Alexander von Villedieu: *Doctrinale puerorum*, historiated initial

Of Reading and Writing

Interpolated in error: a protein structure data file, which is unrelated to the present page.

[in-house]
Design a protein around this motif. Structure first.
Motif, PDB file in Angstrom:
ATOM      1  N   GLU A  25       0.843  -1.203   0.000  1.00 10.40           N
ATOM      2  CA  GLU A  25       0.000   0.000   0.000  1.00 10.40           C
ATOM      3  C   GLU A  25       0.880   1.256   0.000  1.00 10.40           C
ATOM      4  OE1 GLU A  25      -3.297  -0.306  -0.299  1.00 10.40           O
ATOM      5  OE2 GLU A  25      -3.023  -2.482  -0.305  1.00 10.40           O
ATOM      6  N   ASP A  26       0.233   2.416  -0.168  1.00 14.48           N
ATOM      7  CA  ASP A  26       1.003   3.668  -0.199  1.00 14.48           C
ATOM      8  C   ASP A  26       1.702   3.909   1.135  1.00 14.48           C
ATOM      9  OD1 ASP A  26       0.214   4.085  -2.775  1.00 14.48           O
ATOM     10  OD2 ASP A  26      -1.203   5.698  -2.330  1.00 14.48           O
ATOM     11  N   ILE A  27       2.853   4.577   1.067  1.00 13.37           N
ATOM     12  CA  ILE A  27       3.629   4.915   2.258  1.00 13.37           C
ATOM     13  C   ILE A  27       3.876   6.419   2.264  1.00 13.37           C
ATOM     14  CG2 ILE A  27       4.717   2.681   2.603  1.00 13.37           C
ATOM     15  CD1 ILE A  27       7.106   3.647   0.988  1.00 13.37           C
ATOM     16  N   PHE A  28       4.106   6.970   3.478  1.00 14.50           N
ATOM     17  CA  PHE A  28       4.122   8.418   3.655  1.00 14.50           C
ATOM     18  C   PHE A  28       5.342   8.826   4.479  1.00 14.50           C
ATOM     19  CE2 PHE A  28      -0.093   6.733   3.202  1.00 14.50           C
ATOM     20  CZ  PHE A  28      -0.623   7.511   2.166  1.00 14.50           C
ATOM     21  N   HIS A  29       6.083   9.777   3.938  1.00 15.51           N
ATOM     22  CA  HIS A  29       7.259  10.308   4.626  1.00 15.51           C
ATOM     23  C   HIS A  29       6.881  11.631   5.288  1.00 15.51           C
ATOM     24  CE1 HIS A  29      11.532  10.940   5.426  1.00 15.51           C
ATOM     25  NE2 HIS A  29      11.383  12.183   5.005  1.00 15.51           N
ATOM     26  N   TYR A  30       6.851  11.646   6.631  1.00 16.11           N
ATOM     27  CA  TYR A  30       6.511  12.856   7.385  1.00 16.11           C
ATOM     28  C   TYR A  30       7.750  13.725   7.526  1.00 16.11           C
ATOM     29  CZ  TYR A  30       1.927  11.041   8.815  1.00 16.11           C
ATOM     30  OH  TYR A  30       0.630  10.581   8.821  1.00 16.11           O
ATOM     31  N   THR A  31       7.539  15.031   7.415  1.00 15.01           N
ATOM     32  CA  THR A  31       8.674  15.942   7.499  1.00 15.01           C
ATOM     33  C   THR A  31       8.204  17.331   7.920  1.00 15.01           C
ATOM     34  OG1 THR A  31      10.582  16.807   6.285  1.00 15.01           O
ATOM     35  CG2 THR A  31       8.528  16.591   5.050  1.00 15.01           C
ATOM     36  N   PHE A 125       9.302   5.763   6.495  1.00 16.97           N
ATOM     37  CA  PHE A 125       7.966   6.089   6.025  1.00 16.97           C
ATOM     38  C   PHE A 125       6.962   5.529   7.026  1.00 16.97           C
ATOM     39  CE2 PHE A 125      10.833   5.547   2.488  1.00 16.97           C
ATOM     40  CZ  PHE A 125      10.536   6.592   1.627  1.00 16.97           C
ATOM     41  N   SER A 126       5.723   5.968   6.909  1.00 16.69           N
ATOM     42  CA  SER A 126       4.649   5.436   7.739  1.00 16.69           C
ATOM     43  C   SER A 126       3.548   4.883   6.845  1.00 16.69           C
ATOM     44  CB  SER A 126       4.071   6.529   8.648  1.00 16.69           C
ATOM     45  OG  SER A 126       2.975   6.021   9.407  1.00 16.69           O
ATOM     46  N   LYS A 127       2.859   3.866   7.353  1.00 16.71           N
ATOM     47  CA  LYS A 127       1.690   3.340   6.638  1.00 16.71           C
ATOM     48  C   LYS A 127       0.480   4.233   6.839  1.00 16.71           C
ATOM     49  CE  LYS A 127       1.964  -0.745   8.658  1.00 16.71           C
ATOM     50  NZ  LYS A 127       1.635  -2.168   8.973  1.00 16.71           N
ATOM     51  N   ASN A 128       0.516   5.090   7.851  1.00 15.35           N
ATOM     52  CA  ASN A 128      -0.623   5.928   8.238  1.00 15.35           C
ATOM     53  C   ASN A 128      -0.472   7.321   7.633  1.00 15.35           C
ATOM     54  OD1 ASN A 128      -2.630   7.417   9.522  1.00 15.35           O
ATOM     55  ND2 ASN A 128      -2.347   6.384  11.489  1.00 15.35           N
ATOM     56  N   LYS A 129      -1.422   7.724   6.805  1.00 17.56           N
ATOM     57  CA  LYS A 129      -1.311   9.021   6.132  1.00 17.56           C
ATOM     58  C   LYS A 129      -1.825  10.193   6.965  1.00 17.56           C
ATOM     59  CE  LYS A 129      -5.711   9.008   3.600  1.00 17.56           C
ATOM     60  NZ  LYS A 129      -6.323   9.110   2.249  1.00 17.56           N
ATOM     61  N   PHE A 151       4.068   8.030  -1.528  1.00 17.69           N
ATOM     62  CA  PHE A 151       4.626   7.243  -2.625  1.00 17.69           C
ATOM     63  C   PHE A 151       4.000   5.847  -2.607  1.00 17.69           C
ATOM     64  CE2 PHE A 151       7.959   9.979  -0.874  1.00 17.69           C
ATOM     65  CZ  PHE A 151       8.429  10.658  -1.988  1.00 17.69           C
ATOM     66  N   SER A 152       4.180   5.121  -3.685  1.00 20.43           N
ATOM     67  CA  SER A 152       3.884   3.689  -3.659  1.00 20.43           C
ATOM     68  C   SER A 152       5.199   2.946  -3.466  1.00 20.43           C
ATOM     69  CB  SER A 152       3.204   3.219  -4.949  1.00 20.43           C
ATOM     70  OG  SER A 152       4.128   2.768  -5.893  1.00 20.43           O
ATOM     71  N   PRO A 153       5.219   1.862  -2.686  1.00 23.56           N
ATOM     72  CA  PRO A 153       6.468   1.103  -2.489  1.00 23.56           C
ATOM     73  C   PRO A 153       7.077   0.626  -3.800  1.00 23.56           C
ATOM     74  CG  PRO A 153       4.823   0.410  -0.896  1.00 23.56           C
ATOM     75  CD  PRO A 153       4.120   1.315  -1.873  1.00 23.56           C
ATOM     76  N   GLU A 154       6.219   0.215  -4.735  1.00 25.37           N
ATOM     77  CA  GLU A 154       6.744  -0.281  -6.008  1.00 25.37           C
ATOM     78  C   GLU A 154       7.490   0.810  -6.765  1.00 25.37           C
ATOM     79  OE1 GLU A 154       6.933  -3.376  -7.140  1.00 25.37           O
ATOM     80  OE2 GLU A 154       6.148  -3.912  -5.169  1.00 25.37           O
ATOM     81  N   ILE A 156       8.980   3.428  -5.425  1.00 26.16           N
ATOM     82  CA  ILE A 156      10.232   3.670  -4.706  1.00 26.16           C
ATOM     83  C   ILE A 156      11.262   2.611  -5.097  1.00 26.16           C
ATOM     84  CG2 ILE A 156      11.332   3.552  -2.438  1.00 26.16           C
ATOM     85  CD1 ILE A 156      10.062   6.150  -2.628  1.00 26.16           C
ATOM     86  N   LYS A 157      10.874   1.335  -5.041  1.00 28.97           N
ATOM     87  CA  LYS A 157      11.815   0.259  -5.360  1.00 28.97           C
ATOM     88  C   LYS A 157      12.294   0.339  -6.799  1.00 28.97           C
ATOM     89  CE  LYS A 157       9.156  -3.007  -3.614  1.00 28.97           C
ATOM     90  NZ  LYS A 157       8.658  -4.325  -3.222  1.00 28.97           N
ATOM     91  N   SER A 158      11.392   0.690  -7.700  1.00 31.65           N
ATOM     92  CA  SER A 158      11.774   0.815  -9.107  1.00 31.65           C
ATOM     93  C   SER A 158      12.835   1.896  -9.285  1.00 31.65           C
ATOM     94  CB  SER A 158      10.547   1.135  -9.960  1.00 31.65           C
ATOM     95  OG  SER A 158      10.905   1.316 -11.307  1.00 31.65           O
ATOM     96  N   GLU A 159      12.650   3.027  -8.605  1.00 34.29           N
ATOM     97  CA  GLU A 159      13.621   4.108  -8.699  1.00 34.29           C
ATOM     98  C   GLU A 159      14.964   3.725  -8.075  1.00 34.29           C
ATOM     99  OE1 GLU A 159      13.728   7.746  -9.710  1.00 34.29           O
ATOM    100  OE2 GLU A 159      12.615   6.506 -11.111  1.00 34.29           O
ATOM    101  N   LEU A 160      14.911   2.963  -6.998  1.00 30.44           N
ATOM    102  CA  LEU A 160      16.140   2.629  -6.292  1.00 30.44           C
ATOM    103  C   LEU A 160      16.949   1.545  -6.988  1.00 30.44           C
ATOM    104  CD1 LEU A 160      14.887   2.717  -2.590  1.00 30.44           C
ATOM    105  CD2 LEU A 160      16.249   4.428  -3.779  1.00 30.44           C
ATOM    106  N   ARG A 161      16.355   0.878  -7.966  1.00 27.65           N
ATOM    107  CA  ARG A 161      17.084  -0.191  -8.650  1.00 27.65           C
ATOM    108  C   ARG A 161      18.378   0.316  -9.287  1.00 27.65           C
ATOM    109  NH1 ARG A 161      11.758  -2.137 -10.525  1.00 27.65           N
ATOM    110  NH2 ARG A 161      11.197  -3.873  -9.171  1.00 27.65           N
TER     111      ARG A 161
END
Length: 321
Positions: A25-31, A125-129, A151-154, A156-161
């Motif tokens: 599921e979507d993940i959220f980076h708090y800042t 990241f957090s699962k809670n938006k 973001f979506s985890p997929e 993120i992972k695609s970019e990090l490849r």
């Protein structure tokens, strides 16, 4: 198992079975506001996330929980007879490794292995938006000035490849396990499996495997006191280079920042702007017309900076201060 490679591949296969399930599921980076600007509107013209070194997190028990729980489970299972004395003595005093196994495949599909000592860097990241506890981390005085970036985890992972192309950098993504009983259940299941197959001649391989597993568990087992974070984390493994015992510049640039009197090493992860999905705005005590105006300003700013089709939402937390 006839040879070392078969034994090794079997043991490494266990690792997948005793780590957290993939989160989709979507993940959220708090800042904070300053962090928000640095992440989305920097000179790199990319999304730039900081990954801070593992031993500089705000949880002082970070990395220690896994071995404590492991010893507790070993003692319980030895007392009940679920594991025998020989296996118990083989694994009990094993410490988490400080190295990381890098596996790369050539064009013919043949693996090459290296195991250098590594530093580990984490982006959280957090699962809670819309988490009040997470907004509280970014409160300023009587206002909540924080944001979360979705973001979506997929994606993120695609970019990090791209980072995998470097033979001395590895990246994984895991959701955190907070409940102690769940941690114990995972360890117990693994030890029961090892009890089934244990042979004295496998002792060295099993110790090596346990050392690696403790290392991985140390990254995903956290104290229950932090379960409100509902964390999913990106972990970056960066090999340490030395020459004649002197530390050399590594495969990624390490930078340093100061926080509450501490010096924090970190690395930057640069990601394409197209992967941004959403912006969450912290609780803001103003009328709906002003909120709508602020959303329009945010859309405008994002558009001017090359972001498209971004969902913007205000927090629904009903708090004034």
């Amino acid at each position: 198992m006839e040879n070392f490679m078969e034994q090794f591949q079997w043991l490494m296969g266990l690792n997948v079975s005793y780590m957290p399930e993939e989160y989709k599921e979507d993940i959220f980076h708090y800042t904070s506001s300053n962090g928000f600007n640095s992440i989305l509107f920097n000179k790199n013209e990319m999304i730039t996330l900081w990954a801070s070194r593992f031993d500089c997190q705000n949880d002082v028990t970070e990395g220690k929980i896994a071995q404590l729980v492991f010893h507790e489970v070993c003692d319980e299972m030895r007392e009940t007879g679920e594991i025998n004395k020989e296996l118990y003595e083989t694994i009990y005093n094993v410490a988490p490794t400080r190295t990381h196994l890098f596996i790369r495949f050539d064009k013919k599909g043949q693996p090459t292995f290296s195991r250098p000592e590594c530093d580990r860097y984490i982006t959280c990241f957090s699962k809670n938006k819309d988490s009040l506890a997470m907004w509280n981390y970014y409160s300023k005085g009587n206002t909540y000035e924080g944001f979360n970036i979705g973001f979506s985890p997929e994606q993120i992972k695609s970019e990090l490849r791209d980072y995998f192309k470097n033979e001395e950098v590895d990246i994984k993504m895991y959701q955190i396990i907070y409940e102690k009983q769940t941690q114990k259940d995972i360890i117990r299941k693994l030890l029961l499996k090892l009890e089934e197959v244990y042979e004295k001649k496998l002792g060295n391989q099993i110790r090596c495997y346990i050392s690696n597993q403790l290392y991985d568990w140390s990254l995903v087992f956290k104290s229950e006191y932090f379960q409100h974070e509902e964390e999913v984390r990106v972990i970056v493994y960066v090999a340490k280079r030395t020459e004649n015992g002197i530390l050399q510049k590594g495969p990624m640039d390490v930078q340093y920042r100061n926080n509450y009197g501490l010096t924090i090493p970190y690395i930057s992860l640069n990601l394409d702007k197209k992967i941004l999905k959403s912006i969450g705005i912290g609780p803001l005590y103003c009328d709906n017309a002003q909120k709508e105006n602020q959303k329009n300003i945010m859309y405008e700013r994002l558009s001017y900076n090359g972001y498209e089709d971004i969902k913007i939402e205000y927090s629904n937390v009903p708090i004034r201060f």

In the Middle Ages there was no absolutely indispensible connection between reading and writing. Someone who could read was not necessarily also able to write. Nonetheless, new needs in industry and administration began to demand people who possessed both skills. A boom in education ensued, resulting in a restructuring of the school system, which until then had been dominated by the Church. Textualization affected broad areas of public life. The invention of the printing press in the fifteenth century led to the triumph of the printed book over the manuscript: book production and sales rose swiftly. The reading revolution of the eighteenth century brought fundamental changes in reading behaviour, the reading public and the production of literature in its wake and also took hold in the Habsburg lands, albeit slightly later than in other European countries.

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